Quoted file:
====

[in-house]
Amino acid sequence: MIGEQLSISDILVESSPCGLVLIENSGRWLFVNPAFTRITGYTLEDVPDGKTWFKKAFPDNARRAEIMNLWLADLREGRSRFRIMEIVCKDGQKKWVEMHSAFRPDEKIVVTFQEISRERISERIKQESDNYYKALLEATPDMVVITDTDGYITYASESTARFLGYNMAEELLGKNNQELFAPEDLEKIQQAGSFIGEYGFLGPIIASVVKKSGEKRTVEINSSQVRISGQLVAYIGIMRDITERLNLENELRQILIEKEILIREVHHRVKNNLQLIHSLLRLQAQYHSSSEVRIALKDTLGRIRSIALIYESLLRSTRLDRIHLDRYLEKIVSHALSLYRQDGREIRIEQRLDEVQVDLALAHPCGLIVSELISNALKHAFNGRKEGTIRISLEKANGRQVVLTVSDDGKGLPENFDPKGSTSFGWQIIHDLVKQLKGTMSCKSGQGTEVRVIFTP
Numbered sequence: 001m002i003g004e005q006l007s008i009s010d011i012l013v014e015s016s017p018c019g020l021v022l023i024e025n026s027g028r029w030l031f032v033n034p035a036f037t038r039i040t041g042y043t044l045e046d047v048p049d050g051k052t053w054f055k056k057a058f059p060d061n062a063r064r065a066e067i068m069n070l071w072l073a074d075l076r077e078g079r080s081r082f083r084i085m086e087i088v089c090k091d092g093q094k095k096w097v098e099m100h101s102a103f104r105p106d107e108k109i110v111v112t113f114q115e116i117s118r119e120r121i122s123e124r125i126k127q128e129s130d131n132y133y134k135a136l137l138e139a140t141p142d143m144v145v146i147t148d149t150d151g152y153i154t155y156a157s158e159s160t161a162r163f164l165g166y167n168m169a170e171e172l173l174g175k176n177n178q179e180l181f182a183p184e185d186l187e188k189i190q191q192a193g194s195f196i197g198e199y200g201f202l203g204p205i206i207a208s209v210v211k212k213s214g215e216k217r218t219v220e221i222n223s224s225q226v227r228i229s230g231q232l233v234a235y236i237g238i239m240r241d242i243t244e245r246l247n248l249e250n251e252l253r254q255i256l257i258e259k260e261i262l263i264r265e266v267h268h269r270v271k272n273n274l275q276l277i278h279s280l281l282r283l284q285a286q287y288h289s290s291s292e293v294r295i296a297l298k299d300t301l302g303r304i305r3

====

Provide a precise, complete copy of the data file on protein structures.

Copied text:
[in-house]
Amino acid sequence: MIGEQLSISDILVESSPCGLVLIENSGRWLFVNPAFTRITGYTLEDVPDGKTWFKKAFPDNARRAEIMNLWLADLREGRSRFRIMEIVCKDGQKKWVEMHSAFRPDEKIVVTFQEISRERISERIKQESDNYYKALLEATPDMVVITDTDGYITYASESTARFLGYNMAEELLGKNNQELFAPEDLEKIQQAGSFIGEYGFLGPIIASVVKKSGEKRTVEINSSQVRISGQLVAYIGIMRDITERLNLENELRQILIEKEILIREVHHRVKNNLQLIHSLLRLQAQYHSSSEVRIALKDTLGRIRSIALIYESLLRSTRLDRIHLDRYLEKIVSHALSLYRQDGREIRIEQRLDEVQVDLALAHPCGLIVSELISNALKHAFNGRKEGTIRISLEKANGRQVVLTVSDDGKGLPENFDPKGSTSFGWQIIHDLVKQLKGTMSCKSGQGTEVRVIFTP
Numbered sequence: 001m002i003g004e005q006l007s008i009s010d011i012l013v014e015s016s017p018c019g020l021v022l023i024e025n026s027g028r029w030l031f032v033n034p035a036f037t038r039i040t041g042y043t044l045e046d047v048p049d050g051k052t053w054f055k056k057a058f059p060d061n062a063r064r065a066e067i068m069n070l071w072l073a074d075l076r077e078g079r080s081r082f083r084i085m086e087i088v089c090k091d092g093q094k095k096w097v098e099m100h101s102a103f104r105p106d107e108k109i110v111v112t113f114q115e116i117s118r119e120r121i122s123e124r125i126k127q128e129s130d131n132y133y134k135a136l137l138e139a140t141p142d143m144v145v146i147t148d149t150d151g152y153i154t155y156a157s158e159s160t161a162r163f164l165g166y167n168m169a170e171e172l173l174g175k176n177n178q179e180l181f182a183p184e185d186l187e188k189i190q191q192a193g194s195f196i197g198e199y200g201f202l203g204p205i206i207a208s209v210v211k212k213s214g215e216k217r218t219v220e221i222n223s224s225q226v227r228i229s230g231q232l233v234a235y236i237g238i239m240r241d242i243t244e245r246l247n248l249e250n251e252l253r254q255i256l257i258e259k260e261i262l263i264r265e266v267h268h269r270v271k272n273n274l275q276l277i278h279s280l281l282r283l284q285a286q287y288h289s290s291s292e293v294r295i296a297l298k299d300t301l302g303r304i305r3